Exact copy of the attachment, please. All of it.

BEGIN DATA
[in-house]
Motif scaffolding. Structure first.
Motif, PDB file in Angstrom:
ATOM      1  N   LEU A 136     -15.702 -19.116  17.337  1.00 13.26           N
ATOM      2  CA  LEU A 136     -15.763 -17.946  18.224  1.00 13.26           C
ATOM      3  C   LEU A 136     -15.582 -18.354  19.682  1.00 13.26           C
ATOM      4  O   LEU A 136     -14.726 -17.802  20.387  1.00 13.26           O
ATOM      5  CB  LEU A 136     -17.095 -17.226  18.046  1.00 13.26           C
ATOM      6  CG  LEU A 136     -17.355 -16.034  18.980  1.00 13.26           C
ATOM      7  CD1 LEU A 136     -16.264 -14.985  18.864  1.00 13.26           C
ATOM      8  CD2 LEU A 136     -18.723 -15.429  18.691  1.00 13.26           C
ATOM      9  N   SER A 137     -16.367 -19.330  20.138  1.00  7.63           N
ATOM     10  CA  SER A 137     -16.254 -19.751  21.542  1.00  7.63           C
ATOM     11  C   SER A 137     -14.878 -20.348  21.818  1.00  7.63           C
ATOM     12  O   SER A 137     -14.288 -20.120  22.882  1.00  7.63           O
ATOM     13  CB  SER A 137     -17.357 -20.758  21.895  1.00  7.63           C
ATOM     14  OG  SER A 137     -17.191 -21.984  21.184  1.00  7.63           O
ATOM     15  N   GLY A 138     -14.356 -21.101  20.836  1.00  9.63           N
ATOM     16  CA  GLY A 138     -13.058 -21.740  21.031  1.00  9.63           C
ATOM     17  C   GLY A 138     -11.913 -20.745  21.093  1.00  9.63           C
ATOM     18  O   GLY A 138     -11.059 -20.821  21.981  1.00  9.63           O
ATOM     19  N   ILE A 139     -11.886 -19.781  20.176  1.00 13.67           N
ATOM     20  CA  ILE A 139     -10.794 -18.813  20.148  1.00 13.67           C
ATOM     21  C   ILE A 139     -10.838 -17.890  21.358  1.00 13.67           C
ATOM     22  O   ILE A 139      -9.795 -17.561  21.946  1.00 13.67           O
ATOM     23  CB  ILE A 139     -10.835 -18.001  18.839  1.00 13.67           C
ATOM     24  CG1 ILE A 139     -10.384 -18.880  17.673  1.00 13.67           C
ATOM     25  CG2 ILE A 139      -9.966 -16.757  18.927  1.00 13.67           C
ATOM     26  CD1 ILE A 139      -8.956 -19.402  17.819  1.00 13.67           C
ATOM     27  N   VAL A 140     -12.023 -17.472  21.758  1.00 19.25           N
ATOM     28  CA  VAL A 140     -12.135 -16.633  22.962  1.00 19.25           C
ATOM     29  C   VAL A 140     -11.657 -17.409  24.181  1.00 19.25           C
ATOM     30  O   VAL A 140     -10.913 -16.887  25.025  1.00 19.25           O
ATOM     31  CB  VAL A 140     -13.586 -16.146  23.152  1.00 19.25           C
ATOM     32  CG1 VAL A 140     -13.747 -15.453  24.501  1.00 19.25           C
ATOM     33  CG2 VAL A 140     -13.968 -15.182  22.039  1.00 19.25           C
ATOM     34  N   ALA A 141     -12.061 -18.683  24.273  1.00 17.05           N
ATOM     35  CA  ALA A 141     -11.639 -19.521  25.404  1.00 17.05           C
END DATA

[in-house]
Motif scaffolding. Structure first.
Motif, PDB file in Angstrom:
ATOM      1  N   LEU A 136     -15.702 -19.116  17.337  1.00 13.26           N
ATOM      2  CA  LEU A 136     -15.763 -17.946  18.224  1.00 13.26           C
ATOM      3  C   LEU A 136     -15.582 -18.354  19.682  1.00 13.26           C
ATOM      4  O   LEU A 136     -14.726 -17.802  20.387  1.00 13.26           O
ATOM      5  CB  LEU A 136     -17.095 -17.226  18.046  1.00 13.26           C
ATOM      6  CG  LEU A 136     -17.355 -16.034  18.980  1.00 13.26           C
ATOM      7  CD1 LEU A 136     -16.264 -14.985  18.864  1.00 13.26           C
ATOM      8  CD2 LEU A 136     -18.723 -15.429  18.691  1.00 13.26           C
ATOM      9  N   SER A 137     -16.367 -19.330  20.138  1.00  7.63           N
ATOM     10  CA  SER A 137     -16.254 -19.751  21.542  1.00  7.63           C
ATOM     11  C   SER A 137     -14.878 -20.348  21.818  1.00  7.63           C
ATOM     12  O   SER A 137     -14.288 -20.120  22.882  1.00  7.63           O
ATOM     13  CB  SER A 137     -17.357 -20.758  21.895  1.00  7.63           C
ATOM     14  OG  SER A 137     -17.191 -21.984  21.184  1.00  7.63           O
ATOM     15  N   GLY A 138     -14.356 -21.101  20.836  1.00  9.63           N
ATOM     16  CA  GLY A 138     -13.058 -21.740  21.031  1.00  9.63           C
ATOM     17  C   GLY A 138     -11.913 -20.745  21.093  1.00  9.63           C
ATOM     18  O   GLY A 138     -11.059 -20.821  21.981  1.00  9.63           O
ATOM     19  N   ILE A 139     -11.886 -19.781  20.176  1.00 13.67           N
ATOM     20  CA  ILE A 139     -10.794 -18.813  20.148  1.00 13.67           C
ATOM     21  C   ILE A 139     -10.838 -17.890  21.358  1.00 13.67           C
ATOM     22  O   ILE A 139      -9.795 -17.561  21.946  1.00 13.67           O
ATOM     23  CB  ILE A 139     -10.835 -18.001  18.839  1.00 13.67           C
ATOM     24  CG1 ILE A 139     -10.384 -18.880  17.673  1.00 13.67           C
ATOM     25  CG2 ILE A 139      -9.966 -16.757  18.927  1.00 13.67           C
ATOM     26  CD1 ILE A 139      -8.956 -19.402  17.819  1.00 13.67           C
ATOM     27  N   VAL A 140     -12.023 -17.472  21.758  1.00 19.25           N
ATOM     28  CA  VAL A 140     -12.135 -16.633  22.962  1.00 19.25           C
ATOM     29  C   VAL A 140     -11.657 -17.409  24.181  1.00 19.25           C
ATOM     30  O   VAL A 140     -10.913 -16.887  25.025  1.00 19.25           O
ATOM     31  CB  VAL A 140     -13.586 -16.146  23.152  1.00 19.25           C
ATOM     32  CG1 VAL A 140     -13.747 -15.453  24.501  1.00 19.25           C
ATOM     33  CG2 VAL A 140     -13.968 -15.182  22.039  1.00 19.25           C
ATOM     34  N   ALA A 141     -12.061 -18.683  24.273  1.00 17.05           N
ATOM     35  CA  ALA A 141     -11.639 -19.521  25.404  1.00 17.05           C